“And she said unto her husband, Behold now, I perceive that this is an holy man of God, which passeth by us continually. Let us make a little chamber, I pray thee, on the wall; and let us set for him there a bed, and a table, and a stool, and a candlestick: and it shall be, when he cometh to us, that he shall turn in thither.” (2 Kings 4:9-10)
This sparsely furnished little room, built by a kindly woman and her elderly husband, was the prototype of all the so-called “prophet’s chambers” that have been built for traveling teachers and evangelists ever since.
Little did this simple couple anticipate what fruit their kindness would bear one day. “Be not forgetful to entertain strangers,” the Bible says, “for thereby some have entertained angels unawares” (Hebrews 13:2). In the first place, to show his appreciation, Elisha prayed that the Lord would give them a son, and God miraculously answered (2 Kings 4:16-17).
Then, tragically, the boy died quite suddenly several years later while Elisha was at Mount Carmel, some 15 miles away. The Shunammite woman laid her son on Elisha’s bed in the prophet’s chamber, then rode hastily to find Elisha and bring him to the boy. The round trip must have taken her two days or more, and the boy’s dead body lay on the prophet’s bed in the little room all that time.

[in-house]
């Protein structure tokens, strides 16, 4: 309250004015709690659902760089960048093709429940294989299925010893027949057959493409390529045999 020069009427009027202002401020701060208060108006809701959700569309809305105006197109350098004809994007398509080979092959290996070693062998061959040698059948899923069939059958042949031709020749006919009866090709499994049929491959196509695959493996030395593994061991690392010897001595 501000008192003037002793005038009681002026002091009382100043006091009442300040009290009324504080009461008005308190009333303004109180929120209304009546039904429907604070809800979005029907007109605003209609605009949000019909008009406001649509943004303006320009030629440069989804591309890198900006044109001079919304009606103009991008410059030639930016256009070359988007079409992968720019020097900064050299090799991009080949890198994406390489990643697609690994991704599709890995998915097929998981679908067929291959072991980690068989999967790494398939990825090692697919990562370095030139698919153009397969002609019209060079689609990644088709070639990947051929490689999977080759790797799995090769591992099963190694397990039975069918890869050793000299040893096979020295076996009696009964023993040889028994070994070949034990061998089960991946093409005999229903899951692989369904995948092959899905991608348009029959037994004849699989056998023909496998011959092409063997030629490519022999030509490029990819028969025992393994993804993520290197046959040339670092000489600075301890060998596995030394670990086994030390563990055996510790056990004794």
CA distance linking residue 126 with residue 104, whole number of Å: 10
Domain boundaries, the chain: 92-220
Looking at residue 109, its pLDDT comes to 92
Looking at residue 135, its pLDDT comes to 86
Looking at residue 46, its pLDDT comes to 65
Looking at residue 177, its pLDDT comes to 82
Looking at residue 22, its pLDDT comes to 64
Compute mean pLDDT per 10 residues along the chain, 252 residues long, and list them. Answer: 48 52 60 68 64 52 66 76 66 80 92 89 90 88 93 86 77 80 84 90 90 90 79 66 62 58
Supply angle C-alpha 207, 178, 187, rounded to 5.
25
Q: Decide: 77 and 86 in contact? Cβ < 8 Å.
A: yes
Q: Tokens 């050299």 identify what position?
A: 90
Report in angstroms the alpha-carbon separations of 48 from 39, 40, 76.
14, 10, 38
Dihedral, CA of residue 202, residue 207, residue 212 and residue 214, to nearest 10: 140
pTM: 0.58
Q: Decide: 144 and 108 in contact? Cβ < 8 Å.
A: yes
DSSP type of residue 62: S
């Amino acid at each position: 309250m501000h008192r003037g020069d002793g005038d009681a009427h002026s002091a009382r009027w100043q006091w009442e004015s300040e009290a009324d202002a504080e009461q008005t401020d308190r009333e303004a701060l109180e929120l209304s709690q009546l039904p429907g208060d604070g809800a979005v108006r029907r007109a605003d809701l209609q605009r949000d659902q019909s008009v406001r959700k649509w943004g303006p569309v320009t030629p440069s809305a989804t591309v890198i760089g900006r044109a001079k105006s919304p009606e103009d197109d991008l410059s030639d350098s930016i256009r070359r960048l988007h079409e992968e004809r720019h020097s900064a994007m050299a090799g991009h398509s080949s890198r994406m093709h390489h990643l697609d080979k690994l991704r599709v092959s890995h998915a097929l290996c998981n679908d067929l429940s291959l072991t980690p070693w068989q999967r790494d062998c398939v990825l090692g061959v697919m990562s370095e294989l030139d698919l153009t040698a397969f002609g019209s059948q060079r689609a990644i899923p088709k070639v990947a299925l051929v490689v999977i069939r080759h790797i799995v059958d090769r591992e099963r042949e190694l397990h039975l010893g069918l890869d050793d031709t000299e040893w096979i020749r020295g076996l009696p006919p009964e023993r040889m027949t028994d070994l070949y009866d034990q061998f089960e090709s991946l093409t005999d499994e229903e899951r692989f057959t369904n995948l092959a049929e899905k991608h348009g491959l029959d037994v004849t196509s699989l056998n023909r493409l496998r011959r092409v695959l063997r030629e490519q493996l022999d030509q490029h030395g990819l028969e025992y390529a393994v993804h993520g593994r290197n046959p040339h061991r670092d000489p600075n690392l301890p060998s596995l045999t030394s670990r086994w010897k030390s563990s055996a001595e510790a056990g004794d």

But then Elisha prayed once again, and the most amazing event took place there (2 Kings 4:33-35). For only the second time in history, a dead person was restored to life.
The Shunammite mother and her son are never heard from again. But for 3,000 years the testimony of a little chamber and the love and faith of the godly woman who prepared it as a simple service for her Lord and His prophet, and the godly mother who sacrificially loved her son, has been an inspiration and example to multitudes. HMM